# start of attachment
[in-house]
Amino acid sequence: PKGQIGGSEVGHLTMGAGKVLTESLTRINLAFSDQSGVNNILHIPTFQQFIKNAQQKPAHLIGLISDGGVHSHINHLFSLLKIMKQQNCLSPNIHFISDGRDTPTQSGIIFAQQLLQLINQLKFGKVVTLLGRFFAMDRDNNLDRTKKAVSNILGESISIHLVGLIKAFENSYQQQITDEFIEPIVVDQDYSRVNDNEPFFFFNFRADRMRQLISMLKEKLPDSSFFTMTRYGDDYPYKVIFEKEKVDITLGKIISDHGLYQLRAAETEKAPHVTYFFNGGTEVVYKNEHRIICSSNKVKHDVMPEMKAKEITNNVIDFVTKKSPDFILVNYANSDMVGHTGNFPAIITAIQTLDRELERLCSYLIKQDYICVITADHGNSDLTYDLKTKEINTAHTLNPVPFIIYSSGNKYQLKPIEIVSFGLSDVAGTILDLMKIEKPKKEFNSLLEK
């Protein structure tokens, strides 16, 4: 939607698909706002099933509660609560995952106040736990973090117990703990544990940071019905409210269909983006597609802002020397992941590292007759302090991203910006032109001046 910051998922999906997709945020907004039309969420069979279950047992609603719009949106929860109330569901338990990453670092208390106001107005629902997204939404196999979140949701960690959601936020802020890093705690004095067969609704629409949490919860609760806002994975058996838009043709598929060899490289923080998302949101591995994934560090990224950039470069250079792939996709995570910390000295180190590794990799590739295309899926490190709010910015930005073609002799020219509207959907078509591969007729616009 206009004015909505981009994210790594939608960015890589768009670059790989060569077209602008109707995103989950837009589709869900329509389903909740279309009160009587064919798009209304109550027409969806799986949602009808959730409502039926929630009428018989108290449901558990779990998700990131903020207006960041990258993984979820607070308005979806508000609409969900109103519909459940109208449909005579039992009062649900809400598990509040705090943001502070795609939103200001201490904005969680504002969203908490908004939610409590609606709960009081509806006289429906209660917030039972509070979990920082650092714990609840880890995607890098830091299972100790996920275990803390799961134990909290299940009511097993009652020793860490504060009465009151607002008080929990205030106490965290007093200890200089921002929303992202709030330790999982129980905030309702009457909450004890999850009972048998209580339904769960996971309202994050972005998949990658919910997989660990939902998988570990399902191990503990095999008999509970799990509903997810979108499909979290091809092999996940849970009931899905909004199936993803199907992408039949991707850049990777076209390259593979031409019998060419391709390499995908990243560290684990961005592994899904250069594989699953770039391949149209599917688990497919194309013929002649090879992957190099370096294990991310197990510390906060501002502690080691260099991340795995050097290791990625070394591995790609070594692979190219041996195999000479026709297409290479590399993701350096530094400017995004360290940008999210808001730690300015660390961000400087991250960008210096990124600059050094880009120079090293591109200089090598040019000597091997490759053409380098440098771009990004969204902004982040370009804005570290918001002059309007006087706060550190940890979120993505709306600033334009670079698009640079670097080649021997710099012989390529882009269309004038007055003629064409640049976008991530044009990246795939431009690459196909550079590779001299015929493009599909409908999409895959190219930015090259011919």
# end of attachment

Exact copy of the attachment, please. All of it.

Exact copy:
[in-house]
Amino acid sequence: PKGQIGGSEVGHLTMGAGKVLTESLTRINLAFSDQSGVNNILHIPTFQQFIKNAQQKPAHLIGLISDGGVHSHINHLFSLLKIMKQQNCLSPNIHFISDGRDTPTQSGIIFAQQLLQLINQLKFGKVVTLLGRFFAMDRDNNLDRTKKAVSNILGESISIHLVGLIKAFENSYQQQITDEFIEPIVVDQDYSRVNDNEPFFFFNFRADRMRQLISMLKEKLPDSSFFTMTRYGDDYPYKVIFEKEKVDITLGKIISDHGLYQLRAAETEKAPHVTYFFNGGTEVVYKNEHRIICSSNKVKHDVMPEMKAKEITNNVIDFVTKKSPDFILVNYANSDMVGHTGNFPAIITAIQTLDRELERLCSYLIKQDYICVITADHGNSDLTYDLKTKEINTAHTLNPVPFIIYSSGNKYQLKPIEIVSFGLSDVAGTILDLMKIEKPKKEFNSLLEK
């Protein structure tokens, strides 16, 4: 939607698909706002099933509660609560995952106040736990973090117990703990544990940071019905409210269909983006597609802002020397992941590292007759302090991203910006032109001046 910051998922999906997709945020907004039309969420069979279950047992609603719009949106929860109330569901338990990453670092208390106001107005629902997204939404196999979140949701960690959601936020802020890093705690004095067969609704629409949490919860609760806002994975058996838009043709598929060899490289923080998302949101591995994934560090990224950039470069250079792939996709995570910390000295180190590794990799590739295309899926490190709010910015930005073609002799020219509207959907078509591969007729616009 206009004015909505981009994210790594939608960015890589768009670059790989060569077209602008109707995103989950837009589709869900329509389903909740279309009160009587064919798009209304109550027409969806799986949602009808959730409502039926929630009428018989108290449901558990779990998700990131903020207006960041990258993984979820607070308005979806508000609409969900109103519909459940109208449909005579039992009062649900809400598990509040705090943001502070795609939103200001201490904005969680504002969203908490908004939610409590609606709960009081509806006289429906209660917030039972509070979990920082650092714990609840880890995607890098830091299972100790996920275990803390799961134990909290299940009511097993009652020793860490504060009465009151607002008080929990205030106490965290007093200890200089921002929303992202709030330790999982129980905030309702009457909450004890999850009972048998209580339904769960996971309202994050972005998949990658919910997989660990939902998988570990399902191990503990095999008999509970799990509903997810979108499909979290091809092999996940849970009931899905909004199936993803199907992408039949991707850049990777076209390259593979031409019998060419391709390499995908990243560290684990961005592994899904250069594989699953770039391949149209599917688990497919194309013929002649090879992957190099370096294990991310197990510390906060501002502690080691260099991340795995050097290791990625070394591995790609070594692979190219041996195999000479026709297409290479590399993701350096530094400017995004360290940008999210808001730690300015660390961000400087991250960008210096990124600059050094880009120079090293591109200089090598040019000597091997490759053409380098440098771009990004969204902004982040370009804005570290918001002059309007006087706060550190940890979120993505709306600033334009670079698009640079670097080649021997710099012989390529882009269309004038007055003629064409640049976008991530044009990246795939431009690459196909550079590779001299015929493009599909409908999409895959190219930015090259011919």